Love Thy Non-Human Neighbour


At the start of 2020, just before the year had begun to reveal what was in store, I made an appointment with a local tree surgeon. I needed advice. The plot of land I’d started to live on was in a very overgrown state and, after living in London for over 20 years, I was no horticulturalist. The sight that greeted me every morning was getting overwhelming: thickets of scrubby trees, overrun borders, masses of brambles and a wild orchard covered everything. Recent high winds had uprooted two big old trees, narrowly missing my windmill. I met the tree surgeon on a wet and windy Saturday in January to see if I could avoid any further losses. He poked around the site, tut-tutting a lot, before announcing that I needed to eliminate, rip out, and potentially burn, all invasive and non-native plant and tree species. I was taken aback and alarmed by the violent turn our conversation had taken. 

“So, what is an invasive species?” 

I asked.

“Anything non-native,” 

came his reply. 

“What makes a tree or plant invasive?”

“They just are.”

He left soon after, annoyed by my questioning and obvious puzzlement at his proposal. Long after he’d gone “They just are” and ‘“What is an invasive species?” continued to float around my head. 

So I decided to find out for myself. 

The UK government’s Department for Environment, Food & Rural Affairs (DEFRA) classifies 36 species of “Invasive alien plants” and 30 species of “Invasive non-native (alien) animal” within the UK. These are of special concern due to their “Invasiveness [and] Ability to establish in several nations across Europe, including the UK”. DEFRA also states that “they cause severe problems for native UK plants and the environment.”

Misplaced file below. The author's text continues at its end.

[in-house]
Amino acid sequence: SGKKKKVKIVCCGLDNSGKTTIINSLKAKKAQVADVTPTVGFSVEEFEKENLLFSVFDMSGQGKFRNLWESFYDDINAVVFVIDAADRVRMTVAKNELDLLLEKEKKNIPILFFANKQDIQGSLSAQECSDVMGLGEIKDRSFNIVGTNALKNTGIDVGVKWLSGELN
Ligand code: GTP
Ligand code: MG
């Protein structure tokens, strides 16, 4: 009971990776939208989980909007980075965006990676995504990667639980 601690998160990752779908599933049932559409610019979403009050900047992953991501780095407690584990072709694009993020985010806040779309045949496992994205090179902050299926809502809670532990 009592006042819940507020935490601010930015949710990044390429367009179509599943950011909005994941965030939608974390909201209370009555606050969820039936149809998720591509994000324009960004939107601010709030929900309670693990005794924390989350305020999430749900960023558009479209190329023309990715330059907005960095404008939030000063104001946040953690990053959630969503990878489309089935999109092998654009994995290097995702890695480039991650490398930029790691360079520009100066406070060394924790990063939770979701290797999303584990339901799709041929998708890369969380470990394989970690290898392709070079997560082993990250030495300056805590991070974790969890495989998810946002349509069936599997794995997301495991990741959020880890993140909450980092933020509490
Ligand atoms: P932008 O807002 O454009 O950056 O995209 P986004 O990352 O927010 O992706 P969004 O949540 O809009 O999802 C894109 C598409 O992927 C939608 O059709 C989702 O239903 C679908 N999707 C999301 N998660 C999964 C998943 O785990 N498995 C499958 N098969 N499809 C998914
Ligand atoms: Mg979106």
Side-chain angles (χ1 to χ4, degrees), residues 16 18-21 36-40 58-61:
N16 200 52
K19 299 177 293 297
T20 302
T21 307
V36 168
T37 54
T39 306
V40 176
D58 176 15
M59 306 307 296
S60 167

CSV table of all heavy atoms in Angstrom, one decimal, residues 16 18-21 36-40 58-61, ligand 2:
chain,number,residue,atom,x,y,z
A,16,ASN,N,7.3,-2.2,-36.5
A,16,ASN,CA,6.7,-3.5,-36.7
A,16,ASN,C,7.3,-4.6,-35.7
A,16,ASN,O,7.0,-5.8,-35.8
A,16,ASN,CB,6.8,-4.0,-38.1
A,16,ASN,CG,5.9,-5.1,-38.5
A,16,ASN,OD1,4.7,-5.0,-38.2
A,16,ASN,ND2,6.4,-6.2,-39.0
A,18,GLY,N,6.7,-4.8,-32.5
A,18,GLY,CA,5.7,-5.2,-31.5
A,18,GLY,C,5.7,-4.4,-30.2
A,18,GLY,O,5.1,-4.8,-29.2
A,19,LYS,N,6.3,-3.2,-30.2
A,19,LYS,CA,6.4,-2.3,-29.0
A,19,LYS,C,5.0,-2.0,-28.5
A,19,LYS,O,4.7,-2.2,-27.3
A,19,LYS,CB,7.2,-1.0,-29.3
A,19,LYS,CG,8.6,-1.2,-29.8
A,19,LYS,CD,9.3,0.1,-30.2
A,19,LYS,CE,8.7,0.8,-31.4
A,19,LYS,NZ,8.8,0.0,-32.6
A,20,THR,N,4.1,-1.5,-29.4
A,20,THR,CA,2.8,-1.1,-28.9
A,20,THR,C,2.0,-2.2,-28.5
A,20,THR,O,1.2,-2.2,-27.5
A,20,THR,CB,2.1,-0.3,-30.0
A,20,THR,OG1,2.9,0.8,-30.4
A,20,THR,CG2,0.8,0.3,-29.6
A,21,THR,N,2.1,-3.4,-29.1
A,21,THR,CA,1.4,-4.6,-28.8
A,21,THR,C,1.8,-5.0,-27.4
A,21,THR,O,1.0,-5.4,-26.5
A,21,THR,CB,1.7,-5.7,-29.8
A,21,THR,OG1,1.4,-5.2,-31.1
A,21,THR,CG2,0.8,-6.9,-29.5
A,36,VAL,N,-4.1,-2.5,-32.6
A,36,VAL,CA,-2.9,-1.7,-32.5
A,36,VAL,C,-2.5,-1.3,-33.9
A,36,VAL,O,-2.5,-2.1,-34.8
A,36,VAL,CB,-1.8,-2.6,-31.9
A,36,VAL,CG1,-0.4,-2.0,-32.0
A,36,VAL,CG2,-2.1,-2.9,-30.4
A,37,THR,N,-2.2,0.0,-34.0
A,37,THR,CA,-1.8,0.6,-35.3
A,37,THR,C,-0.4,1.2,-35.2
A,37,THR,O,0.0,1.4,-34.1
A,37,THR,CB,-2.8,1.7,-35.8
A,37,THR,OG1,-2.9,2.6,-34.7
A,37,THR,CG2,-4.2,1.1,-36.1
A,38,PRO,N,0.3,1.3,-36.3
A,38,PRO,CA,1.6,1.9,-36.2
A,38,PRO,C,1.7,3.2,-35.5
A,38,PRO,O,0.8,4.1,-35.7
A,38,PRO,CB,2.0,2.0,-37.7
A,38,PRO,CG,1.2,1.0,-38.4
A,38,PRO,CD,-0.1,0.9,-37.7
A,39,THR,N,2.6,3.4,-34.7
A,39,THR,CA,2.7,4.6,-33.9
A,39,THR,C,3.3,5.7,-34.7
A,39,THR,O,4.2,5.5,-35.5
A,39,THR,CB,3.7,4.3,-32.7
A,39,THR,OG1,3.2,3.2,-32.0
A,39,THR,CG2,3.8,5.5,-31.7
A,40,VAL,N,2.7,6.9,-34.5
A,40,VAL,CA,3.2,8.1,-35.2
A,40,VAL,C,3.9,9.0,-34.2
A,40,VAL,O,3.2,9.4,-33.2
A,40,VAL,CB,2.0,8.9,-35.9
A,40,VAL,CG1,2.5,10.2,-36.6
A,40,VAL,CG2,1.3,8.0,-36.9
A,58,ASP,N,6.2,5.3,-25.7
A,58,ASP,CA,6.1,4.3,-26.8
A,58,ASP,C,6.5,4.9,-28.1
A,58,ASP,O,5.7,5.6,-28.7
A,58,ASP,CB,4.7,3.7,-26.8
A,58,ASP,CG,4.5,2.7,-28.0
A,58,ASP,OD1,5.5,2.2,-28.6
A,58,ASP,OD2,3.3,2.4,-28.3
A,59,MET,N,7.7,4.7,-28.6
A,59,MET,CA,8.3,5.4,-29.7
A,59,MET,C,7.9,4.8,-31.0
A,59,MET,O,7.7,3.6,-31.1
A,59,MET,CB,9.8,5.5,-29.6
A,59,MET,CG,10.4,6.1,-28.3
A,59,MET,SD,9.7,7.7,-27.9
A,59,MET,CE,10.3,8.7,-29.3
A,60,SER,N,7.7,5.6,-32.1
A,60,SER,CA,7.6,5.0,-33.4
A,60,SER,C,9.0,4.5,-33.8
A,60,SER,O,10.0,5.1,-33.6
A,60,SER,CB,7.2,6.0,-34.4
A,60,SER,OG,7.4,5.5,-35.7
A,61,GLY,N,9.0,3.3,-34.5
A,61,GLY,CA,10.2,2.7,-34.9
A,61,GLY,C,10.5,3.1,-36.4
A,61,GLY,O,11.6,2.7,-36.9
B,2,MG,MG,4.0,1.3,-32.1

This terminology seems threatening yet vague – conjuring images more common in science fiction: HG Wells or ‘The Day of the Triffids’ style invasions; giant plants looming over our own, innocent, well behaved, here-since-the-ice-age wildlife.

It seems that economic costs are also part of the official concern. An environmental audit paper published by the UK Parliament in October 2019 states that “On average INNS [Invasive non-native species] cost the UK economy £1.8 billion per year, mainly affecting agriculture, forestry, horticulture, utilities, construction and transport infrastructure.”

The hostility and unquestioned vilification of certain species, as I had witnessed through the angry tree surgeon, is common in the UK. The grey squirrel and Muntjac deer are two frequent victims:


These are a selection of the more lurid offerings that I found splashed across tabloid front pages describing the very publicly maligned Muntjac deer and grey squirrels. Their crimes? Muntjac deer are blamed for traffic accidents, and grey squirrels stand accused of using up resources and spreading diseases among native red squirrels – contributing to the continued drop in numbers of this ‘cuter’ species.

By a strange twist of fate, both these non-natives were introduced into the UK by the same person – the 11th Duke of Bedford Herbrand Russell. In the 1890s, Russell amassed a vast collection of rare and foreign animals at his family seat, Woburn Abbey. DNA analysis undertaken by Imperial College London has shown that the UK’s grey squirrel population can, at least in part, be traced back to a group released by Russell in Regents Park, London. Similarly Woburn, which is today a stately home and safari park, was the site of Russell’s deliberate release of Muntjac deer into the neighbouring countryside. The deer’s ability to adapt rapidly to life in the UK has helped their population expand to today’s levels.

I decided to find out if my garden was harbouring any more of the ‘invasive aliens’ listed by DEFRA. I set up a waterproof motion-sensor camera (it was lockdown – and I had a lot of time on my hands!) and quickly spotted both grey squirrels and Muntjac deer hiding in the tangled overgrowth. The squirrels were trying to get into the peanut bird feeders and I discovered the Muntjac deer were responsible for the lack of runner beans in my vegetable plot. I also spotted pheasants, one which was so friendly that I ended up calling him Geoffrey and began feeding him grain.